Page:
On paper the Cavs look to have had a decent offseason, picking up seasoned veterans and extracting good value for a disgruntled Irving.  But the reality is that they didn't learn from their buttkicking from the Warriors in the finals and make moves to improve their defense.  Regular season losses aren't usually something to be overly concerned about, but giving up 148 points on 58% shooting today is something else entirely.

It's too bad Hayward had to go down with an injury.  I want to be the team to dethrone the Cavs in the East especially before LeBron jumps ship.  I think we still can, but if we had a healthy Hayward and a few solid additions to our bench I think we would beat Cleveland in 6 games tops.

Isaiah as played 6 games in CLE.  He doesn't have his feel for the game back yet, and the Cavs have struggled to fit all year.  Any advanced statistics are pretty meaningless.  And relative to his prior stats... he has been a plus his entire career (based on your PM), and improved for each team he spent any meaningful time on.  Painting him as a net negative is super short-sighted and unfair, don't you think?

I'm not sure what else CLE could have done to improve, and ultimately, there was nothing they could to to improve to the level of GS.  They also haven't cared about the regular season in years, and their performance has shown that it doesn't matter.  Maybe they aren't good enough to come out of the East this year -- I'm doubtful they won't -- but again we're reaching here about how meaningful their issues and poor stats will be when it matters.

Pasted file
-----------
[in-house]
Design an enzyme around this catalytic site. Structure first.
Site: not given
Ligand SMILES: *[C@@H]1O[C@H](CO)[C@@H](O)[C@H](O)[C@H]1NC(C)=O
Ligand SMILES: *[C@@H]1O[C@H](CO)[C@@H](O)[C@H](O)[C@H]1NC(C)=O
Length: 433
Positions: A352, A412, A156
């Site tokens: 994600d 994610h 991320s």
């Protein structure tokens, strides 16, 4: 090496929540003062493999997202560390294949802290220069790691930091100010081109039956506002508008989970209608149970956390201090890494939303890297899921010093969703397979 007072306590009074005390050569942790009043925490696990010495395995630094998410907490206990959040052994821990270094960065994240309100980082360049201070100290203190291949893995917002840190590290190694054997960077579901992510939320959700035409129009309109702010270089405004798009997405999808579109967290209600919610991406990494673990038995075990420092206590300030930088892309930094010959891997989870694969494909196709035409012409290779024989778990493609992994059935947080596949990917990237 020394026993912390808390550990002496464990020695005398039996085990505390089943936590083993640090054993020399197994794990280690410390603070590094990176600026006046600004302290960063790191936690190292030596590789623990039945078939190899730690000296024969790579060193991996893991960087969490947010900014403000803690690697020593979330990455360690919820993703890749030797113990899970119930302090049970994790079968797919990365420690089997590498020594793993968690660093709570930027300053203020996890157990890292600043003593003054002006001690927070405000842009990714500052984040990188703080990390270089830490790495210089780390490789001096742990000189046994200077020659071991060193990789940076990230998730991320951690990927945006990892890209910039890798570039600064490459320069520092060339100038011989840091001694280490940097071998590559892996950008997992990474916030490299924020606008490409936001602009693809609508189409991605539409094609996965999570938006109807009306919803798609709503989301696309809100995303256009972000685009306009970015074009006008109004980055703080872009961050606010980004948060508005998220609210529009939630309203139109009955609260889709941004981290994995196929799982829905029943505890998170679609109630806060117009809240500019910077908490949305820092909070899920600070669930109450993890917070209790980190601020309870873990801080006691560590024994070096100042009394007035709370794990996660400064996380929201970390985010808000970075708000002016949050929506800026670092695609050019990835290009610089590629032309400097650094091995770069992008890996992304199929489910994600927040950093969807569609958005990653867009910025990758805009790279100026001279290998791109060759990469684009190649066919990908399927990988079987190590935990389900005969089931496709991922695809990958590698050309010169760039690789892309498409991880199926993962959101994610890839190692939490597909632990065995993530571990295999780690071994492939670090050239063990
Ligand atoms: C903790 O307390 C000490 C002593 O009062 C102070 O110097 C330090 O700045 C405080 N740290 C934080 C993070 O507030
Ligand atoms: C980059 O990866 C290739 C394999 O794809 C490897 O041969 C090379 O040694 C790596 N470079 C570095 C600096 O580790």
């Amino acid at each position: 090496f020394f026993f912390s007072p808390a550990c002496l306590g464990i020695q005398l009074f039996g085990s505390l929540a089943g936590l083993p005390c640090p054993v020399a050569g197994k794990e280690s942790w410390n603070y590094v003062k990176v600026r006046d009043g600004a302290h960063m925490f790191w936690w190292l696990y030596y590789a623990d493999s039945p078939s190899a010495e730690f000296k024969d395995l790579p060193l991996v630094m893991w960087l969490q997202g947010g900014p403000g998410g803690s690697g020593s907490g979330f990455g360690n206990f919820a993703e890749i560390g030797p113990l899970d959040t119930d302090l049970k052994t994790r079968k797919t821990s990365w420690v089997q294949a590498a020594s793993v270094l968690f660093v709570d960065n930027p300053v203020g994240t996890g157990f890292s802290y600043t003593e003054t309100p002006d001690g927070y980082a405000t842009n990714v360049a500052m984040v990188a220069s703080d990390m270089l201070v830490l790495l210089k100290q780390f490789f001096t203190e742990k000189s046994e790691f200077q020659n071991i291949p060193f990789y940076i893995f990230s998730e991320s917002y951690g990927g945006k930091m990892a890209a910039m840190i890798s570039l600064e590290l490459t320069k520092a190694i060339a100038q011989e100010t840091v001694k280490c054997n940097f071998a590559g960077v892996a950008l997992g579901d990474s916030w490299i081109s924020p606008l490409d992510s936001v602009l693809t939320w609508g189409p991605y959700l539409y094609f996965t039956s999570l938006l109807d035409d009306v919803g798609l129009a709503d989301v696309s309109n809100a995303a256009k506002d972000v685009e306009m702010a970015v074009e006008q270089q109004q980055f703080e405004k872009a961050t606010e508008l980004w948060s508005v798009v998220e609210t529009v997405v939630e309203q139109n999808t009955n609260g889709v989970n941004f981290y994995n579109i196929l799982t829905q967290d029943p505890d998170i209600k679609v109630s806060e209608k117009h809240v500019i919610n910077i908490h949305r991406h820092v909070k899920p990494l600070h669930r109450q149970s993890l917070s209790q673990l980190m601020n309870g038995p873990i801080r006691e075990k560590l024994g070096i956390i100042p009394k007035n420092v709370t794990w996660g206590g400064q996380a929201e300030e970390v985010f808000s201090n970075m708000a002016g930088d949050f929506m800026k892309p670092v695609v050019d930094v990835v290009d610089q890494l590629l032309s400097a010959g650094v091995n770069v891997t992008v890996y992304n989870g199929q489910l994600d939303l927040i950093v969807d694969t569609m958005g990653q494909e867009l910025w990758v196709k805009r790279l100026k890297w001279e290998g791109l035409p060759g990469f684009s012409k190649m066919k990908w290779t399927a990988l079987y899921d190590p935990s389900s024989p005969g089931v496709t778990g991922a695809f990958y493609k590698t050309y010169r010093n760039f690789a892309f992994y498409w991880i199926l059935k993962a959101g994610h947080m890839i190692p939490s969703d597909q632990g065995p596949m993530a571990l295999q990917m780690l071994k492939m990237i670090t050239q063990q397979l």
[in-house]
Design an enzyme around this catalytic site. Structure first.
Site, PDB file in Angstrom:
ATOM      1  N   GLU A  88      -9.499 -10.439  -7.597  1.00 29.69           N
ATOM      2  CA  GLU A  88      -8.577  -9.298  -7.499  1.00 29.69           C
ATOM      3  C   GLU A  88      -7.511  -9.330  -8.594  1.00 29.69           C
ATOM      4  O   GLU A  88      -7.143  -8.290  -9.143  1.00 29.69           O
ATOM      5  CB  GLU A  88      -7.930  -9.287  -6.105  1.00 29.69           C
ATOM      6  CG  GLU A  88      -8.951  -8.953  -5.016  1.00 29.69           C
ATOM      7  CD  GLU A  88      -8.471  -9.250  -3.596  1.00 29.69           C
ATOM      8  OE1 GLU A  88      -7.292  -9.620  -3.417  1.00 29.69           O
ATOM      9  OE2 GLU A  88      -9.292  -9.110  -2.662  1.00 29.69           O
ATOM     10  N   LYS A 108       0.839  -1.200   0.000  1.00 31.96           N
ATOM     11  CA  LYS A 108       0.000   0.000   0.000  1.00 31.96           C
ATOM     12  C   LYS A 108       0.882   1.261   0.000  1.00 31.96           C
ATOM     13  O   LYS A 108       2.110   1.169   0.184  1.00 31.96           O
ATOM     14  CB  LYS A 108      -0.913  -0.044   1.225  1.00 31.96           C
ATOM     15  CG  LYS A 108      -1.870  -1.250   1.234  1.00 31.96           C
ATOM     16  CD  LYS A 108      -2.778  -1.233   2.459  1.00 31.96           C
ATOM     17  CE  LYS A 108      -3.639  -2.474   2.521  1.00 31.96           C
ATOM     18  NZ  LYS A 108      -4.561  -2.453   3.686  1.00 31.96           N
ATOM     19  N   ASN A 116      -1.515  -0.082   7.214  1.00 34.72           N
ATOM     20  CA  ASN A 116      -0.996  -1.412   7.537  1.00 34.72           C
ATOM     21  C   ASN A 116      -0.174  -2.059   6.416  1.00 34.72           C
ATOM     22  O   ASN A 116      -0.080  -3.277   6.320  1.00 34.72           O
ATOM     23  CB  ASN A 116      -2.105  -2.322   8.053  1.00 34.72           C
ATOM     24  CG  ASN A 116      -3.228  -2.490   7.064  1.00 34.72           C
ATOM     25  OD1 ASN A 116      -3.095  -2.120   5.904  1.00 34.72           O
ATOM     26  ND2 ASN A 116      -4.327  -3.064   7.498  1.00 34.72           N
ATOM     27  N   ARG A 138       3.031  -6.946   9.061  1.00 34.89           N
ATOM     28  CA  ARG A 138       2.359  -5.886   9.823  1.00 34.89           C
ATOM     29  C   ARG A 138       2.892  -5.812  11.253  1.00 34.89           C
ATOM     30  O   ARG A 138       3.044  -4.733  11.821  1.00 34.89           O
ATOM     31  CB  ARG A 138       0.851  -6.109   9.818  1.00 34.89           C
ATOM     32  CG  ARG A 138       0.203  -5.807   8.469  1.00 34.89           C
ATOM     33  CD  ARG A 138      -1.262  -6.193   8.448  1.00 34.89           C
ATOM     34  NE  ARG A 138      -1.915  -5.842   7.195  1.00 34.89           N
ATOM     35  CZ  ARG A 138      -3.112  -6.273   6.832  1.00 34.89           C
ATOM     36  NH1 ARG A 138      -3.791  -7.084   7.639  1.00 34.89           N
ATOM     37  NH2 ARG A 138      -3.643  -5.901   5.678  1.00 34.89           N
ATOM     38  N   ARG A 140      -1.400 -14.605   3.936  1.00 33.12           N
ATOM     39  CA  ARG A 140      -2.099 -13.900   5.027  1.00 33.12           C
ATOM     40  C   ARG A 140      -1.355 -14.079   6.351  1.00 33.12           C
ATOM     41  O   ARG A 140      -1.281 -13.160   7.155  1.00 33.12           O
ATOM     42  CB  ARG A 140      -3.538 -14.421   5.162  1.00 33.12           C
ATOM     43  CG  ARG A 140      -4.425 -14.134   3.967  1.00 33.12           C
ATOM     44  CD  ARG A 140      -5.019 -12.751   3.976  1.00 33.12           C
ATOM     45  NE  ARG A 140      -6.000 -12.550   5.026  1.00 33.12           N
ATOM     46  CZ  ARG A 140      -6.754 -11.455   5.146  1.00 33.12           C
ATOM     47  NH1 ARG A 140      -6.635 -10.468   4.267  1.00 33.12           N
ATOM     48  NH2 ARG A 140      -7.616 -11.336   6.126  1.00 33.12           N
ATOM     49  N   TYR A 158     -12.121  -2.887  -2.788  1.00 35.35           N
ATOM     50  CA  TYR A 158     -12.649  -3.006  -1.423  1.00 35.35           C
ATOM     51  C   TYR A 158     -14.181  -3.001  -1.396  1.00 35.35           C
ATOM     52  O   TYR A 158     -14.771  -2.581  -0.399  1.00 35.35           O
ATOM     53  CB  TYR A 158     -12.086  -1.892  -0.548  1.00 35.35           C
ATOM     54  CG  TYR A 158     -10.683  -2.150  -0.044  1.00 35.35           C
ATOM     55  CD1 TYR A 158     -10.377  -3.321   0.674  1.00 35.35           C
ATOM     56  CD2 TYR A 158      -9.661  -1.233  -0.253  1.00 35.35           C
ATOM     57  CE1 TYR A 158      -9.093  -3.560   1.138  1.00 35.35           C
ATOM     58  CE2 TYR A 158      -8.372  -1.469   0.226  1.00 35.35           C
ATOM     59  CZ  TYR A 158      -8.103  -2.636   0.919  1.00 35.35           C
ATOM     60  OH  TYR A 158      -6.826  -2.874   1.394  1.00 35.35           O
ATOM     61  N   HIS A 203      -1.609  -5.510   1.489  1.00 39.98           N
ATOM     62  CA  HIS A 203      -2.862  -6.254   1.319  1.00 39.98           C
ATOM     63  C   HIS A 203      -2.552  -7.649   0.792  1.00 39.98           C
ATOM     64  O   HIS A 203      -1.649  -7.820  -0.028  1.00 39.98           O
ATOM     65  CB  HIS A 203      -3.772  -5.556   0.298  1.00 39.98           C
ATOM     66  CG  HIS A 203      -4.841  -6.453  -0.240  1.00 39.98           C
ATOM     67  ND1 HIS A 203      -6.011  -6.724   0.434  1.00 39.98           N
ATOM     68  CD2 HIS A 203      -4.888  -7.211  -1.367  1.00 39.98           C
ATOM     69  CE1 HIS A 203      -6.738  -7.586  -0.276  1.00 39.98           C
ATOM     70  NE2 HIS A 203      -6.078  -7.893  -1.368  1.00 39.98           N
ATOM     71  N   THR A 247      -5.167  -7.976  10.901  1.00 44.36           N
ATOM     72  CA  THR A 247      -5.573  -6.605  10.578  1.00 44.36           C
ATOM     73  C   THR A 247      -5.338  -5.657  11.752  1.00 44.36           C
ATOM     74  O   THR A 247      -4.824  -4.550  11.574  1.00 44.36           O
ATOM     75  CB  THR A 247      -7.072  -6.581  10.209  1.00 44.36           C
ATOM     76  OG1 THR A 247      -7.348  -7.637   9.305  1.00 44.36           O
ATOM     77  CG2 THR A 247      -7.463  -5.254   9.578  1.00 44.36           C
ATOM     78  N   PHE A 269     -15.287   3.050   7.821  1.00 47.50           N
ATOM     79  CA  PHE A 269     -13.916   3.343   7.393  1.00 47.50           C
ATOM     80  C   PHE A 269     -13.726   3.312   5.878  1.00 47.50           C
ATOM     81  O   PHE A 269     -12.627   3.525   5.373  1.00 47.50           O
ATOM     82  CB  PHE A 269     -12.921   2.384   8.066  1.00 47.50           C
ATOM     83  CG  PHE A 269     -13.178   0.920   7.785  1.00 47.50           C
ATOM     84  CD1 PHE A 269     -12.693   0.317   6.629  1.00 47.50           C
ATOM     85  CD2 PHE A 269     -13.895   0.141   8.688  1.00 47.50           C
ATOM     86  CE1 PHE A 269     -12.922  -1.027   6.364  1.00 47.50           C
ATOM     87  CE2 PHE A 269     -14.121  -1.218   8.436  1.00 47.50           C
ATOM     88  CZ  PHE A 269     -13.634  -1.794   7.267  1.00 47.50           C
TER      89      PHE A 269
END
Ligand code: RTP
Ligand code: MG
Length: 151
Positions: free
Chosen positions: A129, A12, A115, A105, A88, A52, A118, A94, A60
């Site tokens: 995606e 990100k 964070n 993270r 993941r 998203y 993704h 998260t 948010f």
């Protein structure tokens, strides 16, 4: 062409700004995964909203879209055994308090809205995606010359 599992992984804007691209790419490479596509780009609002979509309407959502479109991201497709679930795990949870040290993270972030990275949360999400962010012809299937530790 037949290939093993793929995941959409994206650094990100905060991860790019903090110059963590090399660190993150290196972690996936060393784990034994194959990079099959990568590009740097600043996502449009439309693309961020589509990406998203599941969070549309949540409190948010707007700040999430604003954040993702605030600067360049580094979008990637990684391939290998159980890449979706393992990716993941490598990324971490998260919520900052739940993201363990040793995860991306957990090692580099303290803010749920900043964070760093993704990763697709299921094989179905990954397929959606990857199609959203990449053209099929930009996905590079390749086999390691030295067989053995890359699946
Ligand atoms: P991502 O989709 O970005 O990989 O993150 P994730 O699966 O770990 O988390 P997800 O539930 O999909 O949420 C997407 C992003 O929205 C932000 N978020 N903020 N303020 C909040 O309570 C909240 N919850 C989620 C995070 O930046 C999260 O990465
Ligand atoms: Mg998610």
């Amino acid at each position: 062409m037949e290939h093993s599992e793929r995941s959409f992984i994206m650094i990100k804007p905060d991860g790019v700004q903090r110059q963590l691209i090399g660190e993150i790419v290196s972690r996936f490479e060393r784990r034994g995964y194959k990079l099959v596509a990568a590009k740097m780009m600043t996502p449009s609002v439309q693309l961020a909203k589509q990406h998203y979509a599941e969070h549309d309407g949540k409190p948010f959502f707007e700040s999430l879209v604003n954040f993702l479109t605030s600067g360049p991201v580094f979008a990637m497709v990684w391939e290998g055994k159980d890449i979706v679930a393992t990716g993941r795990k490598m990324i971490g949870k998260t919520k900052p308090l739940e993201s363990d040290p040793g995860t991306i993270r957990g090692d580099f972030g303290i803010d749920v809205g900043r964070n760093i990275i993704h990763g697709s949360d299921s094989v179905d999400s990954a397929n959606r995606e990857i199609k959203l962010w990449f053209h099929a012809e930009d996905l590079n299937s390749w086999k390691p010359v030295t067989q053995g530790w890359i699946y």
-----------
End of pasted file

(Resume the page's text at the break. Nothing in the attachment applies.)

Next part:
-tars & Big Mo

The point is that Cleveland's defense is their biggest problem - a problem that will only be magnified with IT on the court.  I acknowledged the small sample size, but I expect the numbers to continue to show worse defense with IT on the court, while I expect the offensive numbers to improve.  And I'm not that big on advanced stats.  They're helpful when used in context thought I prefer the eye test, butother than Celtics games I haven't been able to watch other teams much this season.

And I didn't, and wouldn't, paint IT as a net negative.  That certainly wasn't the case when he was with the C's.


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Pierce: "I called game."

- Paul Pierce on his game-winning buzzer beater, game 3 EC Semi-finals against the Atlanta Hawks

Re: McMenanim: Cavs players don't think current roster can compete (Merged)
« Reply #93 on: January 20, 2018, 11:20:09 PM »

Offline tarheelsxxiii

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The hysteria in this thread is pretty amusing...

The Cavs are 20-10 against the Eastern conference, while the 1st seed Celtics are 22-9...

The Cavs have been playing without their starting point-guard all season and are just implementing him now...

If Isaiah Thomas could score 29 ppg and drag his team to the ECF playing with Kelly Olynyk and Amir Johnson, I think he'll probably be ok playing with Kevin Love and the best player in the world Lebron James.

Sheesh...

Yeah, there's this thing called "context" that matters.

Record against top 7 teams in the league (GS, Boston, Houston, Toronto, San Antonio, Minnesota, Cleveland):